By Lawrence Hurley
WASHINGTON (Reuters) - Moving toward a climactic showdown over President Donald Trump's U.S. Supreme Court nominee, the top Senate Republican said on Tuesday he would start the clock ticking toward a vote to cut off a Democratic effort to block conservative judge Neil Gorsuch's confirmation.
Majority Leader Mitch McConnell's motion would set up a vote, expected on Thursday, to try to thwart the Democrats' use of a procedural hurdle called a filibuster requiring a super-majority of 60 votes in the 100-seat Senate to end debate on Gorsuch's nomination and move to a final up-or-down vote on confirmation.
Democrats on Monday amassed the votes needed to support a filibuster blocking a confirmation vote under current Senate rules. But McConnell is expected to move to change the long-standing rules and forbid filibusters for Supreme Court nominees, then hold a confirmation vote on Friday requiring a simple majority.
Republicans hold a 52-48 Senate majority.
"Democrats are now being pushed by far-left interest groups into doing something truly detrimental to this body and to our country," McConnell said on the Senate floor. "They seem to be hurtling toward the abyss this time, and trying to take the Senate with them. They need to reconsider."
The proposed rule change has been dubbed the "nuclear option," and the Republican president has urged McConnell to do it.
Top Senate Democrat Chuck Schumer, leading the filibuster effort in the chamber controlled by Republicans, shot back that it was the Republicans who bear responsibility for the crisis.
He noted that the Senate, under McConnell's guidance, refused last year to consider Democratic former President Barack Obama's nomination of appellate judge Merrick Garland to fill the same high court vacancy that Trump has selected Gorsuch to fill.
"What the majority leader did to Merrick Garland by denying him even a hearing and a vote is even worse than a filibuster," Schumer said on the Senate floor. "For him to accuse Democrats of the first partisan filibuster on the Supreme Court belies the facts, belies the history, belies the basic truth."
Senate confirmation of Gorsuch, 49, would restore the nine-seat high court's conservative majority, fulfilling one of Trump's top promises during the 2016 presidential campaign. Trump in January nominated Gorsuch, a conservative appeals court judge from Colorado, to the lifetime job on the high court.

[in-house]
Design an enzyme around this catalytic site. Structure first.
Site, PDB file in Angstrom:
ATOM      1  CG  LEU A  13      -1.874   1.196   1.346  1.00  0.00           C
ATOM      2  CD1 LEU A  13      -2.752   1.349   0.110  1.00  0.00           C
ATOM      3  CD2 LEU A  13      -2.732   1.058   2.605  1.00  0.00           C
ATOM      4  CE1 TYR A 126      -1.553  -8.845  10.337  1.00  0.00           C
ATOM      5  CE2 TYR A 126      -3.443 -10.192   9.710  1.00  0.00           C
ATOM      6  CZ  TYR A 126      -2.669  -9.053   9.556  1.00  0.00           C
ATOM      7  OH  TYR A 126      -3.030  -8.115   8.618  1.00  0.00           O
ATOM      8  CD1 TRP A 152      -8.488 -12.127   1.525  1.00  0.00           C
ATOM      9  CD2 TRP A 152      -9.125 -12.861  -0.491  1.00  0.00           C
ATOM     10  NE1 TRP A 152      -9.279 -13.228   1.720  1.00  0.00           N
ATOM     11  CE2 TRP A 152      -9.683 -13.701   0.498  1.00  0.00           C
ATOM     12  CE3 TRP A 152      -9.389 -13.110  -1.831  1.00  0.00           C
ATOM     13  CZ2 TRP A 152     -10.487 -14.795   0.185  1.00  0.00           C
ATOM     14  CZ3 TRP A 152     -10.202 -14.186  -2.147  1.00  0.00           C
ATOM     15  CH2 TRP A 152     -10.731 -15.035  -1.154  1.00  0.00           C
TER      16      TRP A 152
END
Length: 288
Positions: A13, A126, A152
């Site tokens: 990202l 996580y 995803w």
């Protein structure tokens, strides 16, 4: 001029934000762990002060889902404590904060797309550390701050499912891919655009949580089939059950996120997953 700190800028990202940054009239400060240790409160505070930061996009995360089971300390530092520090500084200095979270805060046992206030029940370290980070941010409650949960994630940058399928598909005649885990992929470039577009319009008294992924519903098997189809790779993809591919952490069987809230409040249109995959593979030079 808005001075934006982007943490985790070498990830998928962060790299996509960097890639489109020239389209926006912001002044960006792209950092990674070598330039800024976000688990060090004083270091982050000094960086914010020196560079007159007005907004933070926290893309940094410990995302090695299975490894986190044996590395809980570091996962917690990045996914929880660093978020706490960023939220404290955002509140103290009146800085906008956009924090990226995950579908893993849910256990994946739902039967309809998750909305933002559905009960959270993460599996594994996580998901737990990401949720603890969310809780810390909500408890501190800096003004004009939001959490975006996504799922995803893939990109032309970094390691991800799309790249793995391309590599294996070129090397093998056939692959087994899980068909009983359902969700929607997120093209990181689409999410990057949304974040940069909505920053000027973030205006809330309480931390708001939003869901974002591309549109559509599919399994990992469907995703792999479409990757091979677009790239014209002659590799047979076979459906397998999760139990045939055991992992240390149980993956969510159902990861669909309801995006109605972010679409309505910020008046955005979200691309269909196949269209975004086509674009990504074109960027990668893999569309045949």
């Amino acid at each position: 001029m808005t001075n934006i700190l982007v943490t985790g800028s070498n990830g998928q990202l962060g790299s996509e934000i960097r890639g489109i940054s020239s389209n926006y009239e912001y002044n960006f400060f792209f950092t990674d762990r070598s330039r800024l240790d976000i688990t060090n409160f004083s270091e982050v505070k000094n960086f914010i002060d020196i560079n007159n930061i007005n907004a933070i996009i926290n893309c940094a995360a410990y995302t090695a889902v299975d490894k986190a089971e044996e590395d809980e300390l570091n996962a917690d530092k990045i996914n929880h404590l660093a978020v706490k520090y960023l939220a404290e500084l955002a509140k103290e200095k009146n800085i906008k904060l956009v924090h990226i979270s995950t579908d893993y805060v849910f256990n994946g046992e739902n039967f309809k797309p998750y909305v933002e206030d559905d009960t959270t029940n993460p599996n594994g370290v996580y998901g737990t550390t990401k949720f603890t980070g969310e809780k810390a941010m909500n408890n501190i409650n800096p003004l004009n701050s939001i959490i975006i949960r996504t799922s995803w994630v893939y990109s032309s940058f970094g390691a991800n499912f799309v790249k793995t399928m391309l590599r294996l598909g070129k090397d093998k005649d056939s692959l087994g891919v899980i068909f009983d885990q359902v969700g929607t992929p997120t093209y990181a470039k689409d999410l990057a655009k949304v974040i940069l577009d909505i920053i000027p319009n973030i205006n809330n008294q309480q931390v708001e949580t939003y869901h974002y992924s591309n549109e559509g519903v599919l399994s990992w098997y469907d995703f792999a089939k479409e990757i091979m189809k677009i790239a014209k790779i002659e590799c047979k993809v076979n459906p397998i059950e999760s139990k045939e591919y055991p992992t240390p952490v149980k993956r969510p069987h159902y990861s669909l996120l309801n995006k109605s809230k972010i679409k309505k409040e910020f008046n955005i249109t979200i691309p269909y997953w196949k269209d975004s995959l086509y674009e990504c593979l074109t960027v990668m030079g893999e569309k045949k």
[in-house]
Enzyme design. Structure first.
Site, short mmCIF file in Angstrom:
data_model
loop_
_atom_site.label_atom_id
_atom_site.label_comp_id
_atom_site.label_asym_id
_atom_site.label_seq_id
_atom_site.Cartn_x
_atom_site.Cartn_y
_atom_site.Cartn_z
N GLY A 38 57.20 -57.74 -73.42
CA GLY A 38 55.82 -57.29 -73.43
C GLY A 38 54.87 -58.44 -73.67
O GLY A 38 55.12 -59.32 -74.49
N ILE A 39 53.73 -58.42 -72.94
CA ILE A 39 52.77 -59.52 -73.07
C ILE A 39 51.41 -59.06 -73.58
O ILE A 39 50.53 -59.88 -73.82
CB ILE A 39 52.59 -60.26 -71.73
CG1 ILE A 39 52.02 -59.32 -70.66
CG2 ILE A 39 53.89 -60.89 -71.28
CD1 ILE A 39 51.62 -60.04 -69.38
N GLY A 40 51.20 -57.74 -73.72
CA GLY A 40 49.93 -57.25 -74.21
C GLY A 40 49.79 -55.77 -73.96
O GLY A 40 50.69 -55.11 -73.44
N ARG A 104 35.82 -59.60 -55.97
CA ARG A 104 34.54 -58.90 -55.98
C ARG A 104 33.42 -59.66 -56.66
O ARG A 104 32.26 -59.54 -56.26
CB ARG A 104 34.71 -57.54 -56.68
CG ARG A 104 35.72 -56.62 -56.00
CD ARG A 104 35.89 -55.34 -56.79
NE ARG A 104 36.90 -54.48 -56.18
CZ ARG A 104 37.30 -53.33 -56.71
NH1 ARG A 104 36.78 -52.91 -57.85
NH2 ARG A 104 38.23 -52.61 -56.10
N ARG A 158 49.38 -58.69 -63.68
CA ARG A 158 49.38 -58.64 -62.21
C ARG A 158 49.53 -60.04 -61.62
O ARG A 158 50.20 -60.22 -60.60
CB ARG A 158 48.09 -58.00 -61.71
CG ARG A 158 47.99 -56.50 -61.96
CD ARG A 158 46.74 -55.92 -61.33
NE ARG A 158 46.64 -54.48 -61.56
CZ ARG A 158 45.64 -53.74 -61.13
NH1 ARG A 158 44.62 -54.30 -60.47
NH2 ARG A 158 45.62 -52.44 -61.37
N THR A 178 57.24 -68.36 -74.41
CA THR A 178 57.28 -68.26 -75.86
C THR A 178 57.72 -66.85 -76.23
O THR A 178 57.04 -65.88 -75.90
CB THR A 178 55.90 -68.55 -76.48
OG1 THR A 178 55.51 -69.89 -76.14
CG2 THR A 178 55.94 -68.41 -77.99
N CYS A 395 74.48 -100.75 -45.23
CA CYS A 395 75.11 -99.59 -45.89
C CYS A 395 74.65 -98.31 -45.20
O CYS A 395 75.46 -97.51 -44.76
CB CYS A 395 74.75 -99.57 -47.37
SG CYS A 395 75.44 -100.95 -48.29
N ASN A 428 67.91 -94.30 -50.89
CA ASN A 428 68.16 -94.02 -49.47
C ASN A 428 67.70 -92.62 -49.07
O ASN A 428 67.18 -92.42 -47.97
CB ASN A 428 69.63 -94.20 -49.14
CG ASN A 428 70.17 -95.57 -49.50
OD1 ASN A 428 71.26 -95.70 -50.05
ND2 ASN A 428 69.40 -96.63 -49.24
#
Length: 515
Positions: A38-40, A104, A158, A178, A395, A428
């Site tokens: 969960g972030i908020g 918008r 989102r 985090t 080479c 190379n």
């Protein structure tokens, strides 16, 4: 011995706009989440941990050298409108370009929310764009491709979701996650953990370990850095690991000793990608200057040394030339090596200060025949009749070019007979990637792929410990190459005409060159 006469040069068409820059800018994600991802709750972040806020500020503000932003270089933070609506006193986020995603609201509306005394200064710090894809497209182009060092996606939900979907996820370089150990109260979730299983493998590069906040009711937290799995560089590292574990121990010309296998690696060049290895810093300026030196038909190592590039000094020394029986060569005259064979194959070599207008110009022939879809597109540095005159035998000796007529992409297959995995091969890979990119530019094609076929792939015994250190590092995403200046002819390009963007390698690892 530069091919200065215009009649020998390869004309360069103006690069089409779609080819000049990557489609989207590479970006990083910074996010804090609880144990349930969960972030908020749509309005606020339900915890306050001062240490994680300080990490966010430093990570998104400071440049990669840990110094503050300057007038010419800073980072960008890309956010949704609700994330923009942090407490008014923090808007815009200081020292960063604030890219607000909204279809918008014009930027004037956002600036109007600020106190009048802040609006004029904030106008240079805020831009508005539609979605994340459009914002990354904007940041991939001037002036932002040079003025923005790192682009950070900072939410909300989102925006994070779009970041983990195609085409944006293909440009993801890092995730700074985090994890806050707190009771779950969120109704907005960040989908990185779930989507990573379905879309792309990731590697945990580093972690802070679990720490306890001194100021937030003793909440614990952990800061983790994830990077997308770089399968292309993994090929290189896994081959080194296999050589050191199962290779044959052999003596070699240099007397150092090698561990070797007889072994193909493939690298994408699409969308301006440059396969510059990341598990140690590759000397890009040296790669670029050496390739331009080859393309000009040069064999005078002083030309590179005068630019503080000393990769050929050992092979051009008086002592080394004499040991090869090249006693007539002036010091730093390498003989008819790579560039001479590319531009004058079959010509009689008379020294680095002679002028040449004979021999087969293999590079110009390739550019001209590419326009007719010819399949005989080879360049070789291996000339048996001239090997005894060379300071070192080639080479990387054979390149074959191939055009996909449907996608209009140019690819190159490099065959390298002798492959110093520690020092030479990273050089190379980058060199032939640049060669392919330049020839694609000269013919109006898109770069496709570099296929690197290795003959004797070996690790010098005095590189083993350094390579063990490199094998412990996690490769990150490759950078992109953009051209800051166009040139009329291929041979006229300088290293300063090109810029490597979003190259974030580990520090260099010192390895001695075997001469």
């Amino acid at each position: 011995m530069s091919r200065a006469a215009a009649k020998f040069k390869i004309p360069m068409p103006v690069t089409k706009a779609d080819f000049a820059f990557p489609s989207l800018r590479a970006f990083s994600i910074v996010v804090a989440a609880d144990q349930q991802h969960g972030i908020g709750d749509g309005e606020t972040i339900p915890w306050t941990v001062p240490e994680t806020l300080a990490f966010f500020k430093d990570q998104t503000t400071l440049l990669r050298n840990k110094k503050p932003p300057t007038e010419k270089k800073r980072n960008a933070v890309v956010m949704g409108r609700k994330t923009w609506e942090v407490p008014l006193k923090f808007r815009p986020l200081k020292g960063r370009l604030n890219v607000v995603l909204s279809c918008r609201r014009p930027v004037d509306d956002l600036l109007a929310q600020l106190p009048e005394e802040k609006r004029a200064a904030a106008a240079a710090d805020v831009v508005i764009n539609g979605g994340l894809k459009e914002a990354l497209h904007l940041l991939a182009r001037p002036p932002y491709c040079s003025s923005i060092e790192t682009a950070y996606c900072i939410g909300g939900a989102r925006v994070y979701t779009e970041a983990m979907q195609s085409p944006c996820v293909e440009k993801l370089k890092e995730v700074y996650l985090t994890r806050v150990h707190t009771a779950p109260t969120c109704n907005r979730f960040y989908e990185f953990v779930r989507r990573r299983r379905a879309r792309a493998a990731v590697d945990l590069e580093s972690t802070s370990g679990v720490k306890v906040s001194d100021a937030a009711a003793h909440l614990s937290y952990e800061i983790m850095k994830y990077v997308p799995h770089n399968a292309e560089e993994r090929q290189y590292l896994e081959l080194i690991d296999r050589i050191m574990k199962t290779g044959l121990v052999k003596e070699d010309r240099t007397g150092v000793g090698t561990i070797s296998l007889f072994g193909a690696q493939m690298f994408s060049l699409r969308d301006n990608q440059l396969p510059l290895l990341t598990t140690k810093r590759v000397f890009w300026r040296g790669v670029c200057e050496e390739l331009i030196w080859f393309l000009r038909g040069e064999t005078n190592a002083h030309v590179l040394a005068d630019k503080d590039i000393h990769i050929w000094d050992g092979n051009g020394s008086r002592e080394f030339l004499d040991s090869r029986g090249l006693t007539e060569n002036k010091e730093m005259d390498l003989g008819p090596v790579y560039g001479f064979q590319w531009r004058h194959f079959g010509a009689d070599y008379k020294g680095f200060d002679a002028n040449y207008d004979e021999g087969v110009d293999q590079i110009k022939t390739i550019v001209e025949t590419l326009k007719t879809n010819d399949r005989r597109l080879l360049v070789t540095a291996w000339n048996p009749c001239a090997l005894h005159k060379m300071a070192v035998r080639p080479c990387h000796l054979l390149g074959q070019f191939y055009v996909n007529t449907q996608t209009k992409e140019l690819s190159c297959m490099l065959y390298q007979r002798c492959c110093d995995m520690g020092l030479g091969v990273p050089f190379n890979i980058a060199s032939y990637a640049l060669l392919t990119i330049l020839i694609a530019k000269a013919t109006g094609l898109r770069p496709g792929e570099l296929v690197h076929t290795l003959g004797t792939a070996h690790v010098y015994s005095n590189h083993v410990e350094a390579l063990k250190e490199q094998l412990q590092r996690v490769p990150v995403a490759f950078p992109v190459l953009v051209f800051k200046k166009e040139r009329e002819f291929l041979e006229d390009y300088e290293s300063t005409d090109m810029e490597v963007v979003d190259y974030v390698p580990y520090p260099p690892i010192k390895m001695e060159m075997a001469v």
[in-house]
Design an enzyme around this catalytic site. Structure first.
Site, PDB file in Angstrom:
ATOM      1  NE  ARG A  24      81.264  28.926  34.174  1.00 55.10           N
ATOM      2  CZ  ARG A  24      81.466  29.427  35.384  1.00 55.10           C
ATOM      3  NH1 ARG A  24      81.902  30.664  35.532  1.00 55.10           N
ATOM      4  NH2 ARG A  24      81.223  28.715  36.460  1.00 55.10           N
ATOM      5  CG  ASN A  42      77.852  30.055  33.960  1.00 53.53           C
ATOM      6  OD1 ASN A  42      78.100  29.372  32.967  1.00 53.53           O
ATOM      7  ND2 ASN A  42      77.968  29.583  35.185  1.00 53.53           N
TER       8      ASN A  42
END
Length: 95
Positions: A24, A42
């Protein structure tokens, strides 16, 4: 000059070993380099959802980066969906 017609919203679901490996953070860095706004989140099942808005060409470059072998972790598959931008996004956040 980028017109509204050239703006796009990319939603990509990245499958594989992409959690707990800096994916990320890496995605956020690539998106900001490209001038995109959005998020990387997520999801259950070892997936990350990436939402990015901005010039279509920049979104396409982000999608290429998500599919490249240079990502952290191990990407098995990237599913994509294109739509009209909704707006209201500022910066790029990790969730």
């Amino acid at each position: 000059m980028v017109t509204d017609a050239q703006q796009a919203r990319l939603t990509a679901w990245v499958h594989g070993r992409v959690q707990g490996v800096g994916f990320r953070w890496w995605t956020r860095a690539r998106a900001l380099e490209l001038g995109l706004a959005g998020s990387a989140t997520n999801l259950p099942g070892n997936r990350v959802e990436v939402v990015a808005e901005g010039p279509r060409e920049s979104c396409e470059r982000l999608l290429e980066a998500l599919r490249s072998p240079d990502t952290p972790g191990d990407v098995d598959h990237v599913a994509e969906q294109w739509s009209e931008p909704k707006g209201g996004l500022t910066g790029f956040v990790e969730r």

Both Garland and Gorsuch were nominated to fill a vacancy created by the February 2016 death of conservative Justice Antonin Scalia. Democrats have accused the Republicans of "stealing" a Supreme Court seat by stonewalling Garland.
Had Garland been confirmed, the court would have tilted to the left for the first time in decades. As it stands, the court is split with four conservative justices and four liberals.
Republicans have said Gorsuch is well qualified for the job and is one of the most distinguished federal judges on the bench. Democrats have said he is so conservative as to be outside the judicial mainstream.
"First, he has instinctively favored corporate interests over average Americans," Schumer said. "Second, he hasn't shown a scintilla of independence from President Trump. And third ... he was hand-picked by hard-right special interest groups."
The 60-vote super-majority threshold that gives the minority party power to hold up the majority party has over the decades forced the Senate to try to achieve bipartisanship in legislation and presidential appointments.
The court's ideological shift to the right could prove pivotal on a range of issues including presidential powers, abortion, the death penalty, political spending and environmental regulation, as well as transgender, gun and religious rights.
(Reporting by Lawrence Hurley; Additional reporting by Richard Cowan and Tim Ahmann; Editing by Will Dunham)